Photo for the It’s Time to Retire “Retirement” Article

We live in a “Just in time” society of instant gratification due to the overwhelming number of daily decisions we make, and the availability of technological communication. In fact, our lives have become so dependent on being organized by technological templates, that if a widely accepted one is not available, we tend to ignore that detail until it becomes a pain point worthy of our attention. It’s Time to Retire “Retirement”

Retirement planning and preparation tends to focus solely on the financial aspects, while the real pain points of planning—surrounding the mental, physical, social, and spiritual aspects of retirement—tend to be ignored. The reason is due to a lack of a technological template that can address all the pain point aspects and bring a holistic approach to retirement lifestyle planning.

These pain point aspects of our lives surround the second five decades of life, including:

  • My Reflective Fifties 
  • My Second Career Sixties 
  • My Bucket List Seventies 
  • My Aches and Pains Eighties 
  • My Last Hurrah Nineties 

As a society, great attention and money is paid to connecting us to an aspect of the workforce that will financially support us until our early to mid-sixties, when convention says it’s time to retire. Along the way, we are to save and invest enough money in a private entity to supplement our government-sponsored and taxpayer-supported Social Security pension plan, which is now in danger of defaulting.

A pivot to update the programming of our Social Security trust fund is called for; however, the only pivot seems to point towards eliminating the fund and having the individual take complete ownership and responsibility to fund their retirement years.

It’s Time to Retire “Retirement”

Few people really understand the full impact this could have on what they consider their “golden” years. In fact, our society paints a picture of our retirement lifestyle being some sort of spring break for seniors. For many, nothing could be further from the truth. But for the well-planned or affluent, this could be attained.

Our retirement lifestyle is dependent on our ability to understand and make choices on how we will live when we decide it’s time to retire. The 65+ years will no longer depend on our ability to accumulate wealth, but instead how we assimilate healthy activities into our daily routine. Current statistics show us failing in this area, as our post-fifties profile reveals a society filled with obese couch dwellers consuming hours of television each day. We need to get off the couch and get moving—but first, we need to get away from the spring break for seniors mentality, be honest with ourselves, and promote the benefits of a healthy senior ifestyle, both physically and cognitively.

We must get away from the misnomer that with age comes cognitive decline—thus the individual is no longer a useful member of the workforce and it’s time to retire—stepping aside so youth can advance and cognitively execute the necessary aspects of the job.

Our society is so awash with ageism that it is an accepted practice to lay off older workers over younger. It is accepted to rid a company of the experience and wisdom of a 60+ worker in favor of retaining a lesser experienced co-worker because they are more fiscally attractive. Over time, their less costly status will pay for their upskilling and through this process the company’s short-term bottom line gets enhanced.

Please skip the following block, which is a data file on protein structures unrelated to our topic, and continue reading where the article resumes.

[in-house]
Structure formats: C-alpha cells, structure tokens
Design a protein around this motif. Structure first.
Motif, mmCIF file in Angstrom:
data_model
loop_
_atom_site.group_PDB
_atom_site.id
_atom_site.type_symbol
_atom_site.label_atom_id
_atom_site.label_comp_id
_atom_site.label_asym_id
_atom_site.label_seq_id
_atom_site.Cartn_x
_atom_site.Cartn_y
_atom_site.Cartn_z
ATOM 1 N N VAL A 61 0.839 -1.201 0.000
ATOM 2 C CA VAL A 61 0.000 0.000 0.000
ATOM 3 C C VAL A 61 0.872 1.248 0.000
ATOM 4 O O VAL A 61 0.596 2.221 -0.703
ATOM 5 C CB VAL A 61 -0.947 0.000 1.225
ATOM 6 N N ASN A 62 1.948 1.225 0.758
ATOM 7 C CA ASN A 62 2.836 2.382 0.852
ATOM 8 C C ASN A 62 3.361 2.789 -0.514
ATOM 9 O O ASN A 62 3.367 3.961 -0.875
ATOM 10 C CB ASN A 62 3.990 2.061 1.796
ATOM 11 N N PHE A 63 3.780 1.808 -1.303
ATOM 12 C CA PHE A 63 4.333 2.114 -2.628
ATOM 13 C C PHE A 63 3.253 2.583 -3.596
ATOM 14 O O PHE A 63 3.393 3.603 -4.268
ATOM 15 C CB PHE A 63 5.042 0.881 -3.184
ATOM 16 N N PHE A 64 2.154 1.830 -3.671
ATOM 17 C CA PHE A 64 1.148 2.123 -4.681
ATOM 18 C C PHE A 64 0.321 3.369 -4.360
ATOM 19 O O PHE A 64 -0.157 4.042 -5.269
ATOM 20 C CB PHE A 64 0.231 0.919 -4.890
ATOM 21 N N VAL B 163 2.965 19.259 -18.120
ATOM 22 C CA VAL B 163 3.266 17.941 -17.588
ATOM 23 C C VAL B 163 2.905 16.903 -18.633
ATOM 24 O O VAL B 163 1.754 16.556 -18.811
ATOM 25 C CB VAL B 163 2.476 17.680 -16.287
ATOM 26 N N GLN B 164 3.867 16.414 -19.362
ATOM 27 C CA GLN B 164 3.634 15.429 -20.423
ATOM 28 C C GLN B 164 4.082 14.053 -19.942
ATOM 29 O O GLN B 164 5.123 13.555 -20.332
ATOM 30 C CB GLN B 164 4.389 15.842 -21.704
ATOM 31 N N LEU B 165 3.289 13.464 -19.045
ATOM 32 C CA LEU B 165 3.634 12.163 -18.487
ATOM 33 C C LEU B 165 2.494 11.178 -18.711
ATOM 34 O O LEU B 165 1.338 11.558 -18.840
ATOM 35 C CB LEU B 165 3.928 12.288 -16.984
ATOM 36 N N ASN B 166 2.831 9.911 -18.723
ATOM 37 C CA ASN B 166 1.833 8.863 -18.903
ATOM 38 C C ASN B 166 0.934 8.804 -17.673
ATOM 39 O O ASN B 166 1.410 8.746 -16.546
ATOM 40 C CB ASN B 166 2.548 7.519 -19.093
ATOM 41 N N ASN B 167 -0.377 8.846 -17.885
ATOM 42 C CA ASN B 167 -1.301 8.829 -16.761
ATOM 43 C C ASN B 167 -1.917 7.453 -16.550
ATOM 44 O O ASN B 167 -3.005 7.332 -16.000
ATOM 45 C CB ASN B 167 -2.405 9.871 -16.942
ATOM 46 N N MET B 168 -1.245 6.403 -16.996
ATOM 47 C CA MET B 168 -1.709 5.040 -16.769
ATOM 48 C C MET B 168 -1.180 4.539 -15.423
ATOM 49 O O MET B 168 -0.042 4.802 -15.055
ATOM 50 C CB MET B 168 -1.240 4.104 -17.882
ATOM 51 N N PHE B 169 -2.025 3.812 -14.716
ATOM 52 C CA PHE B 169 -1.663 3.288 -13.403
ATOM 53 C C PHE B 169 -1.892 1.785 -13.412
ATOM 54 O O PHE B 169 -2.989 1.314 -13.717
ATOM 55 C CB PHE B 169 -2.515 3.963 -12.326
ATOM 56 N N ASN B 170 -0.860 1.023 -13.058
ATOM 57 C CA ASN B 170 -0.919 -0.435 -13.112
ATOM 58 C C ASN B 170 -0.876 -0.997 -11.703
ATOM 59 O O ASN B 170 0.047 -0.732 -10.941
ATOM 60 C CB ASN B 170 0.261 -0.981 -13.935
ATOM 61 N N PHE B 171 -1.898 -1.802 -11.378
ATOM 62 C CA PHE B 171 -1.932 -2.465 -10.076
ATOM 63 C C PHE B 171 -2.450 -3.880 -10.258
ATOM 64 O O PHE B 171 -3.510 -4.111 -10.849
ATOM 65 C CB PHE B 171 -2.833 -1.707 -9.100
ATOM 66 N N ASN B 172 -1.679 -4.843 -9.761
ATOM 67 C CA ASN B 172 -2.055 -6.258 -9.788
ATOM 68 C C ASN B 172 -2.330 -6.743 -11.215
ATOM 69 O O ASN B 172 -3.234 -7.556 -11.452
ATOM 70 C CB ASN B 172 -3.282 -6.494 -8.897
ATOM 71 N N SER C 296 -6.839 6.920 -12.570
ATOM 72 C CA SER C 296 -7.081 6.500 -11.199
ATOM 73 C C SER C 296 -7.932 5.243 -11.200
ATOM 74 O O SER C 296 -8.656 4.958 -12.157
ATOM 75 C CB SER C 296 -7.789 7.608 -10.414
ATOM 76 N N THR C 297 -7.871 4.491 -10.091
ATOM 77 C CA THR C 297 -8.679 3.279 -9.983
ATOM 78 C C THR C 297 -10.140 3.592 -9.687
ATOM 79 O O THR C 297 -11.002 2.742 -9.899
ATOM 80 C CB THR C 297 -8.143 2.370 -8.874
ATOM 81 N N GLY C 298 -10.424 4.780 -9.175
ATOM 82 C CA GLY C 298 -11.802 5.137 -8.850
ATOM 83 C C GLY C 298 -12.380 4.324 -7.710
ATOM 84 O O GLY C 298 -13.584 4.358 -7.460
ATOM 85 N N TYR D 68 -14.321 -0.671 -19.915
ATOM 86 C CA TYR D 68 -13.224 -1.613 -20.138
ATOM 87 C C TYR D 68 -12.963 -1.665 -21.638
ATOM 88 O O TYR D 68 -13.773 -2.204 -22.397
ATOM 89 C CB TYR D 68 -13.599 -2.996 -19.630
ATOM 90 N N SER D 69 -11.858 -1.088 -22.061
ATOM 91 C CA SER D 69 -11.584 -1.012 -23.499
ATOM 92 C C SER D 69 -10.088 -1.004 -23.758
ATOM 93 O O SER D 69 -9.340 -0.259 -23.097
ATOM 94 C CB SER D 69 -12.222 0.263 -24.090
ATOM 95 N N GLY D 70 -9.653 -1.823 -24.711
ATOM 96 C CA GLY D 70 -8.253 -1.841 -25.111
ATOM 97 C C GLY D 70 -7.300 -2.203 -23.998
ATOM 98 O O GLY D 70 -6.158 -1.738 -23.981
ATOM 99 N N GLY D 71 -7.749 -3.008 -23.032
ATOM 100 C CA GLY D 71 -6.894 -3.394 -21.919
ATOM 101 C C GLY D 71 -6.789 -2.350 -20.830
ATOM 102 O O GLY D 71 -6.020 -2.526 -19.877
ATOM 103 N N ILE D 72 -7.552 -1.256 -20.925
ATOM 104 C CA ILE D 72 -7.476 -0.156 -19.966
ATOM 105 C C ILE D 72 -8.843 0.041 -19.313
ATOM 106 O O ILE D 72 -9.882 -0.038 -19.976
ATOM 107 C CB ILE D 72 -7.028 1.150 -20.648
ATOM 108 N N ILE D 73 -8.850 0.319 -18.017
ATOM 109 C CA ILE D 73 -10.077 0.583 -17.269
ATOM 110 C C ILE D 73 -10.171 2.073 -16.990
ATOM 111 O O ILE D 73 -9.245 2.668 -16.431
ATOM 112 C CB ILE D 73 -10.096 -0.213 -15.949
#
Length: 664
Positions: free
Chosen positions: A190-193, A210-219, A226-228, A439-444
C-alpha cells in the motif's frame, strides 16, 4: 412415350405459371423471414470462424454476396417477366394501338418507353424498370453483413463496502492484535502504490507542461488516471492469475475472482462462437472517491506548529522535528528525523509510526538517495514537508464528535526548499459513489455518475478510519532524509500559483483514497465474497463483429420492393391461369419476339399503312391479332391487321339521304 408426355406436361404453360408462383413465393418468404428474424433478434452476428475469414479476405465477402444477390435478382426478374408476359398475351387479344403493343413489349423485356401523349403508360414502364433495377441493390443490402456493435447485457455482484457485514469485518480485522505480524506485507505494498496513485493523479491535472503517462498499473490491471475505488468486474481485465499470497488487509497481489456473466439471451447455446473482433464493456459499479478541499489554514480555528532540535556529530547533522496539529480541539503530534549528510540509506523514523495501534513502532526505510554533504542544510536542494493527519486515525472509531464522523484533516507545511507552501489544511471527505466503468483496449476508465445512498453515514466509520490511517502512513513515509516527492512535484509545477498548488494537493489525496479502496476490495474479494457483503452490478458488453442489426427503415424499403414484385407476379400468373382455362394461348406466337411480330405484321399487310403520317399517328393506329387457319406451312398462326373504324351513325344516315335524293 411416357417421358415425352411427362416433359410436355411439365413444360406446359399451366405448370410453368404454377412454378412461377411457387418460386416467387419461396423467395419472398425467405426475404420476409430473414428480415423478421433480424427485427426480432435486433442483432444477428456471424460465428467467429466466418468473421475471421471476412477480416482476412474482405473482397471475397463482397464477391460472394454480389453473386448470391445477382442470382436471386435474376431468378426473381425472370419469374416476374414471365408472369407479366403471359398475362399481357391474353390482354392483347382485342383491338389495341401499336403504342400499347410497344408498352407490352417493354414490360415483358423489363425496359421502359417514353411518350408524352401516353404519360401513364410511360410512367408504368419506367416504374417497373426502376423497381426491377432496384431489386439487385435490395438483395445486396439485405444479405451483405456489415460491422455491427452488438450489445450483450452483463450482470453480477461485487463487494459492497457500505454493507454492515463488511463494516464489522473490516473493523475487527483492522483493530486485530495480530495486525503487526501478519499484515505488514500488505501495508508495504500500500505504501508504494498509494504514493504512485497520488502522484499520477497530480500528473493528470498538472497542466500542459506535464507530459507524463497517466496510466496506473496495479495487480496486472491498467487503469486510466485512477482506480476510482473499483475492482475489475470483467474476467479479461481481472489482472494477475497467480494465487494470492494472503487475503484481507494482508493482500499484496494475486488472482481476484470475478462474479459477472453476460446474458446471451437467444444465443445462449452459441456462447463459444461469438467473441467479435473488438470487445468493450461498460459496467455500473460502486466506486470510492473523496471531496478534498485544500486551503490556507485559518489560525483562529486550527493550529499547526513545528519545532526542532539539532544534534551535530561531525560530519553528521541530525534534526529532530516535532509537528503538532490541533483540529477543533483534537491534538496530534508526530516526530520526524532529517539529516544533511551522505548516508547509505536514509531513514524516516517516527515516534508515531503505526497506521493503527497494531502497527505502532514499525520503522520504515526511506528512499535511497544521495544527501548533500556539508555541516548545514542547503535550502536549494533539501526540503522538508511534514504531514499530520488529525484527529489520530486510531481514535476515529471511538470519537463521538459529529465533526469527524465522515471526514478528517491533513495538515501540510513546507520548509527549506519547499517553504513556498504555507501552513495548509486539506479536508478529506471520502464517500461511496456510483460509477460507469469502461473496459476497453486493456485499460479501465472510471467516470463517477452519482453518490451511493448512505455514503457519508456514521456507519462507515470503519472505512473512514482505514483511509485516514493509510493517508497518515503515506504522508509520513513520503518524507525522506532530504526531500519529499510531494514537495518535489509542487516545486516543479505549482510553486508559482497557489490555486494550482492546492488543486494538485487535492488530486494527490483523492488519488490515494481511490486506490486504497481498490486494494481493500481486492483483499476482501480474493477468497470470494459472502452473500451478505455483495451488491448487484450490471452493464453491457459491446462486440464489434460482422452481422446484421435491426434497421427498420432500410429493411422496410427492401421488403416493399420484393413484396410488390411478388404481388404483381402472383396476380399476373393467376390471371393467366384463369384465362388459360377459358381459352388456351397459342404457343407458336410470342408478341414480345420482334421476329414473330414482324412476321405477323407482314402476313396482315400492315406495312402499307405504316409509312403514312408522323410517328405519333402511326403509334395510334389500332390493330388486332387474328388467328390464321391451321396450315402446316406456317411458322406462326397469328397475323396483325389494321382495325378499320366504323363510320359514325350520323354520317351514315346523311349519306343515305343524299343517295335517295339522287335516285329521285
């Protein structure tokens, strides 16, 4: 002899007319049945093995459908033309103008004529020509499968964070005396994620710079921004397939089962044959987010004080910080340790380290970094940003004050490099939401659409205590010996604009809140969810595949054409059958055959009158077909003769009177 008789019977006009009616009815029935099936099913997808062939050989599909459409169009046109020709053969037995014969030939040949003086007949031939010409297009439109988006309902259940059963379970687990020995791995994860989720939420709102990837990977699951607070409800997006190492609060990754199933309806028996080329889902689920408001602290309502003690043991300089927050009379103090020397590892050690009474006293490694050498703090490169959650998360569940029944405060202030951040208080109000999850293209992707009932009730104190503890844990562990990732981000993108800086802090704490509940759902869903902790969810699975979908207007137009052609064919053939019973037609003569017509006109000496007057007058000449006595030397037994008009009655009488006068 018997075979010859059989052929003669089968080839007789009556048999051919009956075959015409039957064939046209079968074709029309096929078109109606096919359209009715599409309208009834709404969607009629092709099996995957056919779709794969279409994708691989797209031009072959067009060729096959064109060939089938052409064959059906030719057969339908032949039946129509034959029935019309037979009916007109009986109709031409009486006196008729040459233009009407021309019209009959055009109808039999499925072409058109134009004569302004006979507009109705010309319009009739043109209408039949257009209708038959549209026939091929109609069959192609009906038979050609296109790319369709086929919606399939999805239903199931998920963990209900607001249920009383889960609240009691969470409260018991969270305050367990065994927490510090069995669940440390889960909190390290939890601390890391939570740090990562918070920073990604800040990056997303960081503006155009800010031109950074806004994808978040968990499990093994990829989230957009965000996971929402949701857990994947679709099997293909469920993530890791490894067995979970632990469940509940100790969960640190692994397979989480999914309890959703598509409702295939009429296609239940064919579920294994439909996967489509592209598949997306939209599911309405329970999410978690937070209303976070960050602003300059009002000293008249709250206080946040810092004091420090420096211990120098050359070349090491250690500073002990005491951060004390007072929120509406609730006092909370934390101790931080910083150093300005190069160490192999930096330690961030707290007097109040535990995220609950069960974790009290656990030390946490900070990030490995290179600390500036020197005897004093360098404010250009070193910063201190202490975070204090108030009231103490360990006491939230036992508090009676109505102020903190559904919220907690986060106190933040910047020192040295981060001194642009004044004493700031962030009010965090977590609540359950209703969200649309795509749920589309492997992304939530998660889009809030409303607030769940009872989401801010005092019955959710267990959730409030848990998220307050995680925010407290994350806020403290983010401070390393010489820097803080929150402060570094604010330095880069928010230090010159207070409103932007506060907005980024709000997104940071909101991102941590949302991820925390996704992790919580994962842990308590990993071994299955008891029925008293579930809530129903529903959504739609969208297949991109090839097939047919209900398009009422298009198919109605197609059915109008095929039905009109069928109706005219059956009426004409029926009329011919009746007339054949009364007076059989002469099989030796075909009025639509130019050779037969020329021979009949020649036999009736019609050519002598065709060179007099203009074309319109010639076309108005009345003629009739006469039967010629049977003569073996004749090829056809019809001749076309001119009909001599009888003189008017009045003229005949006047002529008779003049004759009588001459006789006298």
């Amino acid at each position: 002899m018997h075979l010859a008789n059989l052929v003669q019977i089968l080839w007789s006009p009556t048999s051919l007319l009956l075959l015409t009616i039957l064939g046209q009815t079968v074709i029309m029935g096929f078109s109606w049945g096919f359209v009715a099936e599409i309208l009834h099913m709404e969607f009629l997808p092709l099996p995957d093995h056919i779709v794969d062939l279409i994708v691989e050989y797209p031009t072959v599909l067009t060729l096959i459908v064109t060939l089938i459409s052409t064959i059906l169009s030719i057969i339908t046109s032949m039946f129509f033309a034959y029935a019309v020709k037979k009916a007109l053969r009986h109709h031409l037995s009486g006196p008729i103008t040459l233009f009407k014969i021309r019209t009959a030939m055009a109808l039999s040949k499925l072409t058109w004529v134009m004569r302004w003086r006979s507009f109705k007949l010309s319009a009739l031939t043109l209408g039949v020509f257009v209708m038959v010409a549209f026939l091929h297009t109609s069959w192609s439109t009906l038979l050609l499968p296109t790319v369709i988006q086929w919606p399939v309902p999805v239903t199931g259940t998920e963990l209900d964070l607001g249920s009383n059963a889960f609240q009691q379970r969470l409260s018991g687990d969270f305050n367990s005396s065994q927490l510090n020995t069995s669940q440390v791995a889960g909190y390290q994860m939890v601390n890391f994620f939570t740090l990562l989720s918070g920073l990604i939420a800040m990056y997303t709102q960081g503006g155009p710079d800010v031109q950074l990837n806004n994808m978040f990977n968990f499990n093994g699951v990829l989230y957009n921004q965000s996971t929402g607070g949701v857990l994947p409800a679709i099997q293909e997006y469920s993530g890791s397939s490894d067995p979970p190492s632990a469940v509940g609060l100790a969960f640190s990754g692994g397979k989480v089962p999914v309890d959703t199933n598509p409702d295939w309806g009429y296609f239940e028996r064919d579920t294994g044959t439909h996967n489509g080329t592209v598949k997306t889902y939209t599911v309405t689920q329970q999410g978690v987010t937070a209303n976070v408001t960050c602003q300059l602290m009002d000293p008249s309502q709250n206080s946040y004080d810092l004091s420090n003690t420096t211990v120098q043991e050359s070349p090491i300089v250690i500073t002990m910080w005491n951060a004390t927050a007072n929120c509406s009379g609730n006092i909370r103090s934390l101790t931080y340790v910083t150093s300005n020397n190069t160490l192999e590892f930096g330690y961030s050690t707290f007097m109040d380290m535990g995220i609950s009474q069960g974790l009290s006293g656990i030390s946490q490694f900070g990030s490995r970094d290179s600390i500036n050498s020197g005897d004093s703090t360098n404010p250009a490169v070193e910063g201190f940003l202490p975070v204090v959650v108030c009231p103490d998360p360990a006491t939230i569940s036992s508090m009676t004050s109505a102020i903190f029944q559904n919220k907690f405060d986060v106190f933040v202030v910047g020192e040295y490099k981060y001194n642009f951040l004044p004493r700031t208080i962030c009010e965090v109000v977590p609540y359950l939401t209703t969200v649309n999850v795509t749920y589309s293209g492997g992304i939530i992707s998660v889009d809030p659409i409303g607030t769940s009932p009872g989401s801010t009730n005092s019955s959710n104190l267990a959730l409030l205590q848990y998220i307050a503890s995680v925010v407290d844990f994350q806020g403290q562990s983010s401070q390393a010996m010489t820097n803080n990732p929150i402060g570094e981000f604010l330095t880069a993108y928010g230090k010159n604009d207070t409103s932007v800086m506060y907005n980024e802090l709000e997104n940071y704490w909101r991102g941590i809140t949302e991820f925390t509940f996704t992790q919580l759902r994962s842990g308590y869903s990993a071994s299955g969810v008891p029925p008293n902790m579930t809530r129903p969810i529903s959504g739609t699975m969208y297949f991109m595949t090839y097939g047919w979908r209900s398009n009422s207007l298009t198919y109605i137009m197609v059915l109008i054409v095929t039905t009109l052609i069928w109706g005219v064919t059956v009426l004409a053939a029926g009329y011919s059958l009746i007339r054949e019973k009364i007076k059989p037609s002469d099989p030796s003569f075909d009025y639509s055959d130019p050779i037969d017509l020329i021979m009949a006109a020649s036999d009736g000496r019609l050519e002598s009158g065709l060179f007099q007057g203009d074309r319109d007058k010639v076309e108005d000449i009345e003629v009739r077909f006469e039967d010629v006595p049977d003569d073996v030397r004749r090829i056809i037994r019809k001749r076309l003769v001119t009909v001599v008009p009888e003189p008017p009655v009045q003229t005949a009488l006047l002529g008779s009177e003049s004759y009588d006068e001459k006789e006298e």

Think about throwing away 40 years of experience in favor of a less costly worker who is less qualified!  

It’s time to transition how we think about workforce planning. It’s time to protect our mature workforce from extinction. It’s time to protect a company’s 40-year investment and pivot our succession plans to come up with new and cost-effective ways to take advantage of these experienced and wisdom-filled workers.

It’s time to retire “retirement.” Upskill them instead!

  • Make them team mentors, not bosses.
  • Make them temporary replacements when others go out on leave.
  • Take advantage of their institutional knowledge and make them specialists rather than generalists.
  • Compensate them in line with what they do, not who they are, or what they had previously done.

Work gives many of us purpose, identity and in many cases, the money we need to live on while delaying our dependency on Social Security and our nest egg.

Yes, if we come up with new ways to program the mature workers and keep them employed doing meaningful things for them and for the profitability of the company, we can help reform Social Security in a big way.

Attention CEOs, CFOs and CHROs, along with your boards of directors: it’s time to start thinking differently. It’s time to protect and repurpose many of the assets in your organization. It’s time to lead our politicians to a real cost-effective solution for the Social Security crisis that they cannot seem to handle.


It’s time for a change. You can help lead that change with your input or let a bunch of politicians keep the discussion at a juvenile level. The choice is yours.

About Bob Foley

Bob Foley is your Retirement Lifestyle Coach and you can reach him by email at or simply by scheduling time on his calendar.

Bob FoleyBob Foley is on a mission to make sure your retirement lifestyle is designed just for you. After all, he knows how much retirement has changed in the past few decades. Because you’re not your parents, and your retirement won’t look like theirs.

You’re a dynamic and vibrant individual, and retirement isn’t about to change that!

Bob knows what it’s like to be a driven, career-minded professional who’s suddenly standing on the precipice of retirement, looking down on an unfamiliar landscape full of shadowy unknowns and big, looming question marks. » Meet Bob Foley